11 Jun Duterte’s Catcalling and Our Double Standards



JUAN SAYS: What does it feel like to be catcalled? More often than not, it would be a girl who would speak out first and share her mundane experiences of being whistled at, called sexy, cut on the road, stared at and what have you. But this experience is not exclusive to women, men too are being objectified, yet we don’t know how they feel about it. In a huddle of girls the chances that they are talking about a guy is extremely high. While many would like to believe that girls would just be talking about their heart breaks, their confusion about mixed signals that one particular guy of interest is showing them, it is not always the case. Girls too talk about how big a man’s ass is, or how they imagine that a guy of interest would take them to bed.


However, unlike guys who don’t really matter have the urge to say it out loud, calling us sexy, beautiful and what have you, many girls do not have the balls to do catcalls. And honestly, most of us girls wish that we could do just that.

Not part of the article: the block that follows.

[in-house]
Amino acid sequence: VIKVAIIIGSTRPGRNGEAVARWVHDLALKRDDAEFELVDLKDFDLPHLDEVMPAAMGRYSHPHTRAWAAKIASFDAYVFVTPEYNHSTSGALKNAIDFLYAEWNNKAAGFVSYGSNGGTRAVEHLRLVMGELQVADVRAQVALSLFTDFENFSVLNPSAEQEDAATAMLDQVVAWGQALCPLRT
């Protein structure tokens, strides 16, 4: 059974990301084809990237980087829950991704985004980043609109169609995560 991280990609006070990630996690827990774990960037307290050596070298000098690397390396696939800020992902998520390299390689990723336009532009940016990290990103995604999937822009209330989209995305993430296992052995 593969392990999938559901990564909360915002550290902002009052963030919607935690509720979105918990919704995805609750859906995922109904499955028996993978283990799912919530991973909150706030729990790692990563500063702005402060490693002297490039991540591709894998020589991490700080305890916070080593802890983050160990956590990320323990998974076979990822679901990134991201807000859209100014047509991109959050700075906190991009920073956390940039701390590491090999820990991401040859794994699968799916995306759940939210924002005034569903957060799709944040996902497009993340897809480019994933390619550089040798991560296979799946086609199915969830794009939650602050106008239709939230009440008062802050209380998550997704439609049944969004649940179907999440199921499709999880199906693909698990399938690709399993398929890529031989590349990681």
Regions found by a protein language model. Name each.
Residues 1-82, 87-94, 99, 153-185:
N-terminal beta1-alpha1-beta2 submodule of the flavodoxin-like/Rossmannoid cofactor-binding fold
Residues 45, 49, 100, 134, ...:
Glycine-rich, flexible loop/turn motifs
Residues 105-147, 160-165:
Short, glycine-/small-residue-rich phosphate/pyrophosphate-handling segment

In recent developments and the rise of hiding behind social media, women have started to be more empowered, stalking men of interest and expressing their desires through comments on facebook, fan signs and the like. Yeah, we do catcalling all right, and just because we are girls, we get away with it somehow.

So when girls type furiously on facebook saying how hot Baste Duterte is and how they think he is yummy on bed; when they harass a teener like Sandro Marcos and tell him how much they want him to insert his finger on their… well… you know what we mean, that is not catcalling? Hindi ba bastos din yun? When girls put up fan signs saying “(name of person) anakan mo ako,” isn’t that a form of harassment too?

“Aren’t they flattered that a girl finds them hot,” one girl asked. But if the tables were turned, would you? Clearly, we know the answer to that.

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